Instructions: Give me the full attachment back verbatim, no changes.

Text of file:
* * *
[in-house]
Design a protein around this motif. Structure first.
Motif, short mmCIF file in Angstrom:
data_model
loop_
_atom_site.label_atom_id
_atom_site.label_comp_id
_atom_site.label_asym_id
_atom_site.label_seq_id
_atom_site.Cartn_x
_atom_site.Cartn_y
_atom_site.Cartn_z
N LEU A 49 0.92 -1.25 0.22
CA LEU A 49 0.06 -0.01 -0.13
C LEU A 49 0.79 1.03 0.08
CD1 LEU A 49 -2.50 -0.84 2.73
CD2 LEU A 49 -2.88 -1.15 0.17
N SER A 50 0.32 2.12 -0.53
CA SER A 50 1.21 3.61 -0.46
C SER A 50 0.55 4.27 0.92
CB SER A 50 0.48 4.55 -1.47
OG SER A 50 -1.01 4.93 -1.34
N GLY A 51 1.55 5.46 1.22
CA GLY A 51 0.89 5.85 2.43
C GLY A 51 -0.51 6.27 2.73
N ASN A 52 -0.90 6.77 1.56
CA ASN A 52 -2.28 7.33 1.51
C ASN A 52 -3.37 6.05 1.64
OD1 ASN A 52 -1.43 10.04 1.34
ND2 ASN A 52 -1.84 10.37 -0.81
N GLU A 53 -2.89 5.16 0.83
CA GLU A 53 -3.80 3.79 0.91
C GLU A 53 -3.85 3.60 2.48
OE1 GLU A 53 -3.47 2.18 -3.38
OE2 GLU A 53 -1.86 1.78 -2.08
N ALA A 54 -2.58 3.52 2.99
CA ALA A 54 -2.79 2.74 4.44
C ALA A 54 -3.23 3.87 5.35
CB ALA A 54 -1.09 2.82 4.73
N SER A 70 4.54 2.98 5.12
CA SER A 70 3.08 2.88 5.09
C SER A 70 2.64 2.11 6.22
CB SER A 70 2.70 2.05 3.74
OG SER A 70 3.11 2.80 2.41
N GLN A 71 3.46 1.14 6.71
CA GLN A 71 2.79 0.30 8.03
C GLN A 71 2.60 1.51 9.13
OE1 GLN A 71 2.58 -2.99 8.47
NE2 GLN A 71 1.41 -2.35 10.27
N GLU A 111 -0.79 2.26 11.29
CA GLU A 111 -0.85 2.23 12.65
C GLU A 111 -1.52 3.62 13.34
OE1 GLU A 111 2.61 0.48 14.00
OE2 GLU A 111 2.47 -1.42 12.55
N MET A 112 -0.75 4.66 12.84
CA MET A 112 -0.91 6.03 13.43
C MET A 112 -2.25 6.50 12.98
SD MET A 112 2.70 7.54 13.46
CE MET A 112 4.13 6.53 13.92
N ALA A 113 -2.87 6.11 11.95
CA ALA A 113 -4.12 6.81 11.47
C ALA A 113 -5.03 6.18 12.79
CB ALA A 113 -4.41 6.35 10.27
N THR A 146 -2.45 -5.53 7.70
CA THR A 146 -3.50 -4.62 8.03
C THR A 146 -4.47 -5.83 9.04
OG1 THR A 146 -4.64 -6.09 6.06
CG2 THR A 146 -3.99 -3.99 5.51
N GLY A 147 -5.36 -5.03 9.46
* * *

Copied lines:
[in-house]
Design a protein around this motif. Structure first.
Motif, short mmCIF file in Angstrom:
data_model
loop_
_atom_site.label_atom_id
_atom_site.label_comp_id
_atom_site.label_asym_id
_atom_site.label_seq_id
_atom_site.Cartn_x
_atom_site.Cartn_y
_atom_site.Cartn_z
N LEU A 49 0.92 -1.25 0.22
CA LEU A 49 0.06 -0.01 -0.13
C LEU A 49 0.79 1.03 0.08
CD1 LEU A 49 -2.50 -0.84 2.73
CD2 LEU A 49 -2.88 -1.15 0.17
N SER A 50 0.32 2.12 -0.53
CA SER A 50 1.21 3.61 -0.46
C SER A 50 0.55 4.27 0.92
CB SER A 50 0.48 4.55 -1.47
OG SER A 50 -1.01 4.93 -1.34
N GLY A 51 1.55 5.46 1.22
CA GLY A 51 0.89 5.85 2.43
C GLY A 51 -0.51 6.27 2.73
N ASN A 52 -0.90 6.77 1.56
CA ASN A 52 -2.28 7.33 1.51
C ASN A 52 -3.37 6.05 1.64
OD1 ASN A 52 -1.43 10.04 1.34
ND2 ASN A 52 -1.84 10.37 -0.81
N GLU A 53 -2.89 5.16 0.83
CA GLU A 53 -3.80 3.79 0.91
C GLU A 53 -3.85 3.60 2.48
OE1 GLU A 53 -3.47 2.18 -3.38
OE2 GLU A 53 -1.86 1.78 -2.08
N ALA A 54 -2.58 3.52 2.99
CA ALA A 54 -2.79 2.74 4.44
C ALA A 54 -3.23 3.87 5.35
CB ALA A 54 -1.09 2.82 4.73
N SER A 70 4.54 2.98 5.12
CA SER A 70 3.08 2.88 5.09
C SER A 70 2.64 2.11 6.22
CB SER A 70 2.70 2.05 3.74
OG SER A 70 3.11 2.80 2.41
N GLN A 71 3.46 1.14 6.71
CA GLN A 71 2.79 0.30 8.03
C GLN A 71 2.60 1.51 9.13
OE1 GLN A 71 2.58 -2.99 8.47
NE2 GLN A 71 1.41 -2.35 10.27
N GLU A 111 -0.79 2.26 11.29
CA GLU A 111 -0.85 2.23 12.65
C GLU A 111 -1.52 3.62 13.34
OE1 GLU A 111 2.61 0.48 14.00
OE2 GLU A 111 2.47 -1.42 12.55
N MET A 112 -0.75 4.66 12.84
CA MET A 112 -0.91 6.03 13.43
C MET A 112 -2.25 6.50 12.98
SD MET A 112 2.70 7.54 13.46
CE MET A 112 4.13 6.53 13.92
N ALA A 113 -2.87 6.11 11.95
CA ALA A 113 -4.12 6.81 11.47
C ALA A 113 -5.03 6.18 12.79
CB ALA A 113 -4.41 6.35 10.27
N THR A 146 -2.45 -5.53 7.70
CA THR A 146 -3.50 -4.62 8.03
C THR A 146 -4.47 -5.83 9.04
OG1 THR A 146 -4.64 -6.09 6.06
CG2 THR A 146 -3.99 -3.99 5.51
N GLY A 147 -5.36 -5.03 9.46